The effects of seasonal variation in fruit and vegetable intake -which affect intakes of vitamin A and C- on the prevention of diseases, could be considered in two ways. First, considering the relation between vitamin A and C with the incidence of diseases, seasonal variations may probably increase the risk of some diseases in some seasons (16). Moreover, seasonal reduction in consumption will result in lower year round intake. Fruit and vegetable subsides or price controlling strategies should be considered in high risk areas during scare seasons. Second, as type and quantity of fruit and vegetable consumed vary across seasons, epidemiologic studies that rely on dietary data collected cross-sectionally may be biased (25, 43). Failure to account for such variability may obscure associations between dietary consumption and risks of diseases. Food records and 24 hour recalls are even more problematic (43). Querying certain foods for in-season intake pattern may help to prevent subjects from making errors in converting season-specific intake to a year round average. Also, the seasonal variations in dietary intakes are in part attributable to the eating behaviors, food habits and to the accessibility of foods (25). Therefore, seasonal variation of food consumption should be studied locally in order to more reliably study the relationships between diseases incidence and dietary patterns.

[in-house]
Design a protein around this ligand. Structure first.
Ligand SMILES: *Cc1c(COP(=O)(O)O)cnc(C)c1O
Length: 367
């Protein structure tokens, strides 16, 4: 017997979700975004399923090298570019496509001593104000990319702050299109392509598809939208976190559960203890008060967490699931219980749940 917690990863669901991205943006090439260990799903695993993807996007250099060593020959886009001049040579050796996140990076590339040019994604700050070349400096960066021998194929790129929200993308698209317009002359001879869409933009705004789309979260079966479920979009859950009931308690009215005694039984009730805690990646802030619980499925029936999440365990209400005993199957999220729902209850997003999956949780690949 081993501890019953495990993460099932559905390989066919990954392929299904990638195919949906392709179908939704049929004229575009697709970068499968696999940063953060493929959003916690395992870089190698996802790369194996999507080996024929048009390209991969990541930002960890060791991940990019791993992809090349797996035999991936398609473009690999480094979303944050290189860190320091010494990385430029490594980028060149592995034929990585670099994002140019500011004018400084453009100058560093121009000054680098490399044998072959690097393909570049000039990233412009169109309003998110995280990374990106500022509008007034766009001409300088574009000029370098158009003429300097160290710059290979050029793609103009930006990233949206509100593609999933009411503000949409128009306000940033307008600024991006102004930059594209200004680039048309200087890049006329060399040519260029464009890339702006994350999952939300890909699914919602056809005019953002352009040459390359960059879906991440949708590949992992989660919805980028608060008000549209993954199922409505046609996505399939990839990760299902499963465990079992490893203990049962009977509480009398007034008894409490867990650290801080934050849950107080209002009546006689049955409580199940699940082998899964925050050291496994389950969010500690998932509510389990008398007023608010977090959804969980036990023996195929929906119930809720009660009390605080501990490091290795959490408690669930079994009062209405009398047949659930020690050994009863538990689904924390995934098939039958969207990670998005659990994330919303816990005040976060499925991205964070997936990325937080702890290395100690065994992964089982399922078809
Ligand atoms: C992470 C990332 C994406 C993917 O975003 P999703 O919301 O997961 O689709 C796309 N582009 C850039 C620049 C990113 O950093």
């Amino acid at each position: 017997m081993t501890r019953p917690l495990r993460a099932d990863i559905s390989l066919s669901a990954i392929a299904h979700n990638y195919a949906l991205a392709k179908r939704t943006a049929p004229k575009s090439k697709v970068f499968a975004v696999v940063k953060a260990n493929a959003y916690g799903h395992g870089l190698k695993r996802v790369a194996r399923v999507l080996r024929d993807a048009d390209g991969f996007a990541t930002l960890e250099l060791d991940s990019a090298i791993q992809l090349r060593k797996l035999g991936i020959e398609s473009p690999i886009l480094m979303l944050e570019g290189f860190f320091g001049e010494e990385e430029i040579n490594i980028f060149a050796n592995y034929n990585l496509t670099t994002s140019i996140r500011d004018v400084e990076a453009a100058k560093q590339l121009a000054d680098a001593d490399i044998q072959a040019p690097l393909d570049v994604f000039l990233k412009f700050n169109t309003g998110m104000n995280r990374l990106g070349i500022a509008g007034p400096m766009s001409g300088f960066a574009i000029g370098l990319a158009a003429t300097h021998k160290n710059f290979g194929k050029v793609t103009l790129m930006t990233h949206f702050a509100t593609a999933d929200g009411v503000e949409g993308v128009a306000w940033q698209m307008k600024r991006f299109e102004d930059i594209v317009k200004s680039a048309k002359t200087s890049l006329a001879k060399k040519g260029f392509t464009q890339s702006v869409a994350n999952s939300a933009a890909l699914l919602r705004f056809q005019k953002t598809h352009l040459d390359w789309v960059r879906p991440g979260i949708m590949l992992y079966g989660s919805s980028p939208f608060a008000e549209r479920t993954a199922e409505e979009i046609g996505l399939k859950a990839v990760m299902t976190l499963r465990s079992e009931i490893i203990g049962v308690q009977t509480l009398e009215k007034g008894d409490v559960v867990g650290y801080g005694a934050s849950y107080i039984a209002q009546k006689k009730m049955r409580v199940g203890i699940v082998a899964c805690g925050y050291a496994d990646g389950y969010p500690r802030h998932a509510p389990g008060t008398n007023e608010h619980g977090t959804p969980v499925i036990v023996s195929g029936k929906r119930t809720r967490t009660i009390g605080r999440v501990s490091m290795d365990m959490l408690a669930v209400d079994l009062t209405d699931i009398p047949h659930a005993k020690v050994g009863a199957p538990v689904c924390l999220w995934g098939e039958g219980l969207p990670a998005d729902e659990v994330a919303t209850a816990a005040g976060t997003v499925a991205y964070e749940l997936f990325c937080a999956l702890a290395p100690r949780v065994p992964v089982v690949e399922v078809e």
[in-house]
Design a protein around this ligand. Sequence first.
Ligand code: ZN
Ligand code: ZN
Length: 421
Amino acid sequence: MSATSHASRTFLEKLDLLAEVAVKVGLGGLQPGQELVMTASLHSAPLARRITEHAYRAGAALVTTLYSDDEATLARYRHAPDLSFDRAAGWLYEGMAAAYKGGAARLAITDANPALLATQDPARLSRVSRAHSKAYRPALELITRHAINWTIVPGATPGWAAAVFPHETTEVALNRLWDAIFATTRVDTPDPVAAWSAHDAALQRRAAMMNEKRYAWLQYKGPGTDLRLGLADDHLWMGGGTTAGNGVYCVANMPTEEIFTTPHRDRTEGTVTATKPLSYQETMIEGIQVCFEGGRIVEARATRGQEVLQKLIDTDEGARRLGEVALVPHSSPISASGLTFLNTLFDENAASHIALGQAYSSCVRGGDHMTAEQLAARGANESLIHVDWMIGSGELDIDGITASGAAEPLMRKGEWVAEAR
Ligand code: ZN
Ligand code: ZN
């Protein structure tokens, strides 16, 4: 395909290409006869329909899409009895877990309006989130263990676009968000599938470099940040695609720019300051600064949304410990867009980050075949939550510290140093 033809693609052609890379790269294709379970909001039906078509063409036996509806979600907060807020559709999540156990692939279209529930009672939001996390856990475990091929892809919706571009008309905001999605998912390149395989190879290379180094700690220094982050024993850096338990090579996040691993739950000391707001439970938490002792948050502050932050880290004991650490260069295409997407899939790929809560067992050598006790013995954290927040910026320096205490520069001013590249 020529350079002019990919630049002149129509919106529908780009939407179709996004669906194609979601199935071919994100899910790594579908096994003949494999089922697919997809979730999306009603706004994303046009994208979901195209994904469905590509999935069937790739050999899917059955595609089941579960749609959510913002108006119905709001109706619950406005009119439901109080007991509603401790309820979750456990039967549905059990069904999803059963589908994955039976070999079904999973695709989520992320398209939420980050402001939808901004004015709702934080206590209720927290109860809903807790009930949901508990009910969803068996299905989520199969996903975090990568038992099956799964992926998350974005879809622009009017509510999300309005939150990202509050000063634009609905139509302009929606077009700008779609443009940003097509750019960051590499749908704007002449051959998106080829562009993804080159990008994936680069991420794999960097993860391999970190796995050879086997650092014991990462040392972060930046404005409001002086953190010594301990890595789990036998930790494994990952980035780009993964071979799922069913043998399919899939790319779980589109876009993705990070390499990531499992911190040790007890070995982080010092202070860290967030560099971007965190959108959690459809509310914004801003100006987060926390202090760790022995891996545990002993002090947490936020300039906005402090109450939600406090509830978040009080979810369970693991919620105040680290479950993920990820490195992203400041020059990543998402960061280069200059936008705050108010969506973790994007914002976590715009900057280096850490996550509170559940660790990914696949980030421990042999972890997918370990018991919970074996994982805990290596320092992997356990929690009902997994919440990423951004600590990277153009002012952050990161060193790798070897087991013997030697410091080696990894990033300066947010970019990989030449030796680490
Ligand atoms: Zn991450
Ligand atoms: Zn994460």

In this study, we used the 24-hour dietary recalls in three consecutive days which is the gold standard approach of dietary assessment (44). Moreover, household measures reported in recalls were weighed, and container of main energy source (bread, rice and oils) was also weighed every day which increased the accuracy of our data. Additionally, we studied a large sample representing all rural and urban Iranian citizens living in different provinces. It is noteworthy that the nationwide food consumption pattern study was done twice in Iran, and we analyzed the data of the second study. Considering that nowadays the food price has changed dramatically in Iran, assessing the impact of such raise on seasonal fluctuation of food intake requires further studies. Assessments of nutrient blood levels as well as the incidences of diseases are also recommended for future studies. Lack of an updated food composition table in Iran affects the accuracy of all nutrient intake studies among the Iranian community.

With regard to the seasonal variations in fruit and vegetable intakes of Iranian households, pre and post-intervention evaluations should not be performed during different seasons. Moreover, in case of case-control studies, cases and controls should be recruited in the same seasons (43) to reduce the bias caused by seasonal variations. Increasing the availability of fruits and vegetables by price controlling programs, subsiding some food items and proper food storage are among the strategies that may reduce the seasonal fluctuations observed in the intake of fruits and vegetables.